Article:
Among the journals, a new title launched last month – Penumbr(a): A Journal of Psychoanalysis & Modernity Its first issue is on Psychoanalysis & Sexual Violence and features articles by Alenka Zupancic, Jamieson Webster, Anne Juranville, Danielle Bergeron, and more. A call for papers for the second issue, on Beauty, will be available shortly. Relatedly a podcast, Penumbr(a)cast, was launched concurrently. Its first series of interviews, conducted by Fernanda Negrete, Director of the Centre for the Study of Psychoanalysis and Culture, discusses key analytic concepts and procedures after Lacan, with a special emphasis on GIFRIC’s approach. The first interview, featuring Tracy McNulty on the pass and the act, is now available for streaming through the journal website and on Spotify, Google Podcasts, and soon Apple Podcasts. The next interview, with Daniel Wilson on das Ding and drive, will be out shortly.  

Among other podcasts of interest from the past month, the latest of the second series in the Freud in Focus podcast from the Freud Museum concludes the exploration of Freud’s paper ‘The Uncanny’, with hosts Jamie Ruers and Tom De Rose looking at its impact on literature and the arts. And in one of the latest episodes of the Rendering Unconscious podcast, Bracha Ettinger, Isabel Millar, Julie Reshe, Helen Rollins, and Creston Davis discuss their work teaching in the Certificate in Psychoanalysis program of the Institute of Psychoanalysis at the Global Centre of Advanced Studies (GCAS).

4+one, the NLS cartels newsletter, released its latest collection of new papers from ‘cartelisands’ last month, bringing together a series of short reports of the work of cartel members from within the NLS’s network. Texts are bilingual and cover the different areas of work cartel participants find provocative or intriguing to be engaged with.

Among the videos, Derek Hook’s YouTube channel continues to offer excellent interviews with thoughtful and original Lacanian scholars. From the last month, John Dall’Aglio’s discussion of Lacan and neuroscience is a particular highlight, and the interview with Jamie Ruers at the Freud Museum which Derek Hook and Sheldon George gave to launch their new collection Lacan and Race is also now available on the channel. Subscribe for more.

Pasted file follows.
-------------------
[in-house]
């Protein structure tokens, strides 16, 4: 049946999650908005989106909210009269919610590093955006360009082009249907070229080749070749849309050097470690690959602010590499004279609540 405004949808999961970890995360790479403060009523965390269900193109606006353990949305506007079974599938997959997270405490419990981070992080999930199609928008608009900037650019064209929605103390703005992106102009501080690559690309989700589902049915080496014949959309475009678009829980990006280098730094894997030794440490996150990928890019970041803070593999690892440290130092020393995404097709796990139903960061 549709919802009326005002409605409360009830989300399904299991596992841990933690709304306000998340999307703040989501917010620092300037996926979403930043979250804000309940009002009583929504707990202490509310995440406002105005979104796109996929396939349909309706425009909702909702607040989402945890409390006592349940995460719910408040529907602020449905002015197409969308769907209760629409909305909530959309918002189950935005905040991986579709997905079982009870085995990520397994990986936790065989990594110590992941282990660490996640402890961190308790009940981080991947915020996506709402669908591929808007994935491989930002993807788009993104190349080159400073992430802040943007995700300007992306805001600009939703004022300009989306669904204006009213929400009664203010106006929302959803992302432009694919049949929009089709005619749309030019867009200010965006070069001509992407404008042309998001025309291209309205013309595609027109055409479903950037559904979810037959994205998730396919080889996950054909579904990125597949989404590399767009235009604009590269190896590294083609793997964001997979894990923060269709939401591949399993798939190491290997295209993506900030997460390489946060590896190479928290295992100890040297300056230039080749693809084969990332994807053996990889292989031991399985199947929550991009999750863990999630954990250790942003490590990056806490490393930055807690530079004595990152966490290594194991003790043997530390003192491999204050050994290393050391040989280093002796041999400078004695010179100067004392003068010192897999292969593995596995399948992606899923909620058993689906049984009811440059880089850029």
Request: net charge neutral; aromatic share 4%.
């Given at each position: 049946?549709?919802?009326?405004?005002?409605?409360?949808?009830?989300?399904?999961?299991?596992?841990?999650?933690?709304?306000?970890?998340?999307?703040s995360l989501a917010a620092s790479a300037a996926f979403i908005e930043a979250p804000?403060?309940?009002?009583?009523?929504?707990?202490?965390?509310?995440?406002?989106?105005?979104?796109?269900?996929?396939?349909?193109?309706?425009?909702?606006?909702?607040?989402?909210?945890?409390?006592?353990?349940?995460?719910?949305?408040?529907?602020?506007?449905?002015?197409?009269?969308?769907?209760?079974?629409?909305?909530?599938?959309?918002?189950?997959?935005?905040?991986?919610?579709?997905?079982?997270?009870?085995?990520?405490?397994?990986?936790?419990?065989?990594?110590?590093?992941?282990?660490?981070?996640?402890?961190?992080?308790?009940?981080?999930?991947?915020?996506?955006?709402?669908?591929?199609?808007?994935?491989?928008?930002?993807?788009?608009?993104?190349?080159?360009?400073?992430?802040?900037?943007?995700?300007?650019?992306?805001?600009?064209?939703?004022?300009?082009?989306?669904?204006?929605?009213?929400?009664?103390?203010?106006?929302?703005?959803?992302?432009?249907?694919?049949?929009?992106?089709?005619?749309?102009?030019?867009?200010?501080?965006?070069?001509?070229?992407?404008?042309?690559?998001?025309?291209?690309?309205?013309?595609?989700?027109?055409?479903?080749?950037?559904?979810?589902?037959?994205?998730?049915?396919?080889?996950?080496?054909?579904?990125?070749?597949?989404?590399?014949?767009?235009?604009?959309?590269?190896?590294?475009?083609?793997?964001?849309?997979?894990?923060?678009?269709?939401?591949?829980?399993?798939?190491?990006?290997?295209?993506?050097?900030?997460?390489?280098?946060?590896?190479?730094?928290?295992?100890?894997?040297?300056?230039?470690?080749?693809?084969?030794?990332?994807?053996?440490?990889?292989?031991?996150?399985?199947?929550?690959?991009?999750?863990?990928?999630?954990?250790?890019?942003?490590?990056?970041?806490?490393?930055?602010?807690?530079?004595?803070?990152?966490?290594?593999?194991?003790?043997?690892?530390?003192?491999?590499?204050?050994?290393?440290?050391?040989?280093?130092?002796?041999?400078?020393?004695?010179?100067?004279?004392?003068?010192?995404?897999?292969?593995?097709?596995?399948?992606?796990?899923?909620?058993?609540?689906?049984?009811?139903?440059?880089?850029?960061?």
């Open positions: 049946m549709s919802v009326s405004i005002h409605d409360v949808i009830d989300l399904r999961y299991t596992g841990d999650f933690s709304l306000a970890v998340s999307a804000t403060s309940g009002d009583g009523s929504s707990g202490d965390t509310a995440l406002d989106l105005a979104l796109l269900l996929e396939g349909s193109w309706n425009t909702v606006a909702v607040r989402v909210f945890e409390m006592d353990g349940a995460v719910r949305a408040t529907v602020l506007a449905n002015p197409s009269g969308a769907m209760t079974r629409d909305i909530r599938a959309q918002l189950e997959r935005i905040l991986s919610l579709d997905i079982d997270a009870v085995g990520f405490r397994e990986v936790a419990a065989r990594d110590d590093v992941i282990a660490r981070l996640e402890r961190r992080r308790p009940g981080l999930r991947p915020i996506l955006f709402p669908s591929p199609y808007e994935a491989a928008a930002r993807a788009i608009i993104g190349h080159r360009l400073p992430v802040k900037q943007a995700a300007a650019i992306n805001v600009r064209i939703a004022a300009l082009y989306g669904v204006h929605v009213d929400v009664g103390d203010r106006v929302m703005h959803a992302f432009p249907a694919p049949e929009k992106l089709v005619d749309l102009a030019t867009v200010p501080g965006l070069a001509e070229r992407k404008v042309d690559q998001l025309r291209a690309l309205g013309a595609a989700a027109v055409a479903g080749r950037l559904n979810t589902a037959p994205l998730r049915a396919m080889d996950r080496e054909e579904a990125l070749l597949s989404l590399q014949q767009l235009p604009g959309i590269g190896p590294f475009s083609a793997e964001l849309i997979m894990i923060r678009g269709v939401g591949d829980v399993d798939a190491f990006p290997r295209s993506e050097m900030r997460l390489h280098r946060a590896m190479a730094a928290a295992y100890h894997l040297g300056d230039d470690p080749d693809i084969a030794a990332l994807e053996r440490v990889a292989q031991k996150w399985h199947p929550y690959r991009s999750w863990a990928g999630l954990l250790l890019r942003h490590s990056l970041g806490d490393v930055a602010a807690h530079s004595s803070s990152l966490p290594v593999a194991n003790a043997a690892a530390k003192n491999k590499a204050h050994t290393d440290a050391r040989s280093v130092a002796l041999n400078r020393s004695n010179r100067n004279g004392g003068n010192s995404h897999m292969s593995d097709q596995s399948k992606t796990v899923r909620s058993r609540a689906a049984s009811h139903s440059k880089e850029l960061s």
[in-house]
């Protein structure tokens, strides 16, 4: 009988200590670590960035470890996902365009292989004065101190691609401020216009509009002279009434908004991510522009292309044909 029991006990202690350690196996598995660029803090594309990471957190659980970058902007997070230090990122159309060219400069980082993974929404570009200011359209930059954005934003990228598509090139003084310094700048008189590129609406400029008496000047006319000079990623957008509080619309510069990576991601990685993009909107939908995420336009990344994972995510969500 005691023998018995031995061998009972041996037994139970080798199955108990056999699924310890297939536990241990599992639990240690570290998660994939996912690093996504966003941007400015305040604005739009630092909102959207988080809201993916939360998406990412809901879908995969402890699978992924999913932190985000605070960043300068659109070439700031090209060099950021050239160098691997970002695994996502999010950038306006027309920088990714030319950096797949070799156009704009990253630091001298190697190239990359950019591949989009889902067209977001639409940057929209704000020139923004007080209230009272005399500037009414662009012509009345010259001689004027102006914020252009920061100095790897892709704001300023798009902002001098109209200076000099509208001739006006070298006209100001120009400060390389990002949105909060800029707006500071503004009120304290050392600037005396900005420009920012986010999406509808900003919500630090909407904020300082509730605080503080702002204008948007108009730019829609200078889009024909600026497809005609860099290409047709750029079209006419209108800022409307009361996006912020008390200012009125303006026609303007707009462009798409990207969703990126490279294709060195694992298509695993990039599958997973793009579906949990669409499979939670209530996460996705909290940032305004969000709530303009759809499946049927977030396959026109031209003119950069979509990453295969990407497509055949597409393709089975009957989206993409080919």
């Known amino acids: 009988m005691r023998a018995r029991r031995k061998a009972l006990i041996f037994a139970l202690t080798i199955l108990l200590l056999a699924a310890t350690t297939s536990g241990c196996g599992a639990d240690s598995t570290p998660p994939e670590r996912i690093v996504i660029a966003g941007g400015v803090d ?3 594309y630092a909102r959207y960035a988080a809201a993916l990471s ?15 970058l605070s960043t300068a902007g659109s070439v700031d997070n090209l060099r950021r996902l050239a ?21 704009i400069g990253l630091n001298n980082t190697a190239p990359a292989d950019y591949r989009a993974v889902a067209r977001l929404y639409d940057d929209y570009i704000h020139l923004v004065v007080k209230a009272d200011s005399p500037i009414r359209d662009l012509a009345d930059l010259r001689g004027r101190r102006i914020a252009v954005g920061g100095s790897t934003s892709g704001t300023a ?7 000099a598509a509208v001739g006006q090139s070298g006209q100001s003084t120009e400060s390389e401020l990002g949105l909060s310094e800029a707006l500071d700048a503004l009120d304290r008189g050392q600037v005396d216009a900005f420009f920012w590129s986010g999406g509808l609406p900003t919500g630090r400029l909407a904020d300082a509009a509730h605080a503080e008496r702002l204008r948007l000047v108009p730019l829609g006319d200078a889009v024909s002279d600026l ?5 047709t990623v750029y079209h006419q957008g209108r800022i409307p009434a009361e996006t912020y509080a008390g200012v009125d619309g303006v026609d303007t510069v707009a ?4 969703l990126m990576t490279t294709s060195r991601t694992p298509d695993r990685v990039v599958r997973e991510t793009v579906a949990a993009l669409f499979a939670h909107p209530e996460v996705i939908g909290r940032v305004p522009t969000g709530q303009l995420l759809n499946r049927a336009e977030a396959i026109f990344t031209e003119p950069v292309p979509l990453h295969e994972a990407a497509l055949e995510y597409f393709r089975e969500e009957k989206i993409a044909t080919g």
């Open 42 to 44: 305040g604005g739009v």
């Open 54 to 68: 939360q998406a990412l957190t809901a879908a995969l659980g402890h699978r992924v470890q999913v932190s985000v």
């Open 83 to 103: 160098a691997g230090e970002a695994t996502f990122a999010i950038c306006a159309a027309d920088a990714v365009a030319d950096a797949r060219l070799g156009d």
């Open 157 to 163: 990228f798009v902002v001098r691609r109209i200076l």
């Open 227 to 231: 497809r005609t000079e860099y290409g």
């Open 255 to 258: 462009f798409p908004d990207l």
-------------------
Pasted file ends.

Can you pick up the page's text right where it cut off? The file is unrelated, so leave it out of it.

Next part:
Lacan In Scotland posted video of its event with Fabio Vighi on capitalism, the COVID-19 pandemic, and Lacan’s discourse theory, which took place at the end of September. Vighi’s talk focuses on the pandemic as a monetary event and its “fetishistic character within the crumbling capitalist structure”, asking the question: can a new discourse emerge from the current stalemate? Subscribe to the channel for more as an exciting programme of events will follow with the new academic year commencing.

CFAR’s Public Seminar programme for the new academic year has now started, with all seminars held via Zoom, and as well as an exciting series of talks this year the Centre has begun to put recordings of its lectures online. These are viewable via the video icon against the talk – follow the link to Vimeo and payment instructions for access.

Finally, ADIEU LACAN, the film directed by Richard C. Ledes, held an avant-premiere screening in Paris on September 9th, the 40th anniversary of Jacques Lacan’s death, at the historic cinema Studio des Ursulines. The film features David Patrick Kelly as Lacan, Ismenia Mendes as Seriema, and Antu Yacob as Gloria:

“With realistic acumen and artistic expertise, ADIEU LACAN portrays the struggles of a young woman, Seriema, who is trying to understand why her path to motherhood has reached an unbearable impasse. Following two miscarriages and the possible loss of her marriage, Seriema travels to Paris in 1972 to undergo psychoanalytic treatment with the maverick French analyst, Jacques Lacan. Her analysis is an attempt to help her to disentangle the enigma of her question: why has motherhood become a seeming impossibility? Inspired by the story of Betty Milan, a Brazilian psychoanalyst and writer, it follows closely her own actual psychoanalysis with Lacan. Based on two books, Goodbye Doctor and Lacan’s Parrot, in which Milan recounts her analytic work, Adieu Lacan offers an insightful and accurate account of an actual psychoanalytic cure.” – Mavis Himes, Psychoanalyst and author of “The Power of Names.

Winner of the best experimental feature narrative award at the 2021 Montreal Independent film festival, ADIEU LACAN will have its public premiere in the first half of 2022. In the meantime, clinical associations, university classes, and other groups can arrange screenings online. Based on availability, the film’s director will participate in a Q&A following these screenings. To find out more visit www.adieulacan.com